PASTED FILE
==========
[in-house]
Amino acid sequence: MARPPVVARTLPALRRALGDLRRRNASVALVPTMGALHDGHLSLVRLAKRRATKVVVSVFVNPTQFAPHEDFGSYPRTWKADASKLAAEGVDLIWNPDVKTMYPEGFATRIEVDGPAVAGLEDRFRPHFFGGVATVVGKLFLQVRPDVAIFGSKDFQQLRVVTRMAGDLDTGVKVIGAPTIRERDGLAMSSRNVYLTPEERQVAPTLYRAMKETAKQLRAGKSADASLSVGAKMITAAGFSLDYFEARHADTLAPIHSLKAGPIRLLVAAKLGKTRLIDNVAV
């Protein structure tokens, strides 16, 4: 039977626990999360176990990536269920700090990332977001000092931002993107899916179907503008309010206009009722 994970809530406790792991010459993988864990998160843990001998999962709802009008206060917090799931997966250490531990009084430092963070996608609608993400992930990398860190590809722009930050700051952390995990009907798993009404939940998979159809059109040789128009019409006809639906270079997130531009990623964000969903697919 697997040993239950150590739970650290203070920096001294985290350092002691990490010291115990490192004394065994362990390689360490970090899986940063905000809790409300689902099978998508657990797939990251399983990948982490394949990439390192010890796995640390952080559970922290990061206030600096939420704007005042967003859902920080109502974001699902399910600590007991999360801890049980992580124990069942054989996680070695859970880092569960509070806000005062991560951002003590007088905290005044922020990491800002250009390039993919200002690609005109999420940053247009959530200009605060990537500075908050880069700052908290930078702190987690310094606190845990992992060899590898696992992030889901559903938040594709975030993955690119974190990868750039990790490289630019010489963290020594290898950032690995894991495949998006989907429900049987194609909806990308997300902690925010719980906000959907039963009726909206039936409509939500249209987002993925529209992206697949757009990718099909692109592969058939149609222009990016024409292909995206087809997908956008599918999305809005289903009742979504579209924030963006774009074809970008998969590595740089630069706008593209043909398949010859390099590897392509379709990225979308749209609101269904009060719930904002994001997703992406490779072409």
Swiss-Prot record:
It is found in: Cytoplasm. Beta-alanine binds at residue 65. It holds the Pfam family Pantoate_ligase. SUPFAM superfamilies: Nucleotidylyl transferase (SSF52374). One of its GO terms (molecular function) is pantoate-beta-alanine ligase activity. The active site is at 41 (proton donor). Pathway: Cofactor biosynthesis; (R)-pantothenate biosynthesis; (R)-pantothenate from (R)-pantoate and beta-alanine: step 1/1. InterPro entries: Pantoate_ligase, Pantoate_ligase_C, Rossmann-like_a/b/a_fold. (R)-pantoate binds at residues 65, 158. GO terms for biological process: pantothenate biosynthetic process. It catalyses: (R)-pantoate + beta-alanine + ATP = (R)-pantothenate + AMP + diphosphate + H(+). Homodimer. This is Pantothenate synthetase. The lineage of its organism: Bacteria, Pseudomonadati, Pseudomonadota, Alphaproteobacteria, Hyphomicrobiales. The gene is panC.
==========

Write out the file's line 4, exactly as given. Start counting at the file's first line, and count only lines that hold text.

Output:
Swiss-Prot record: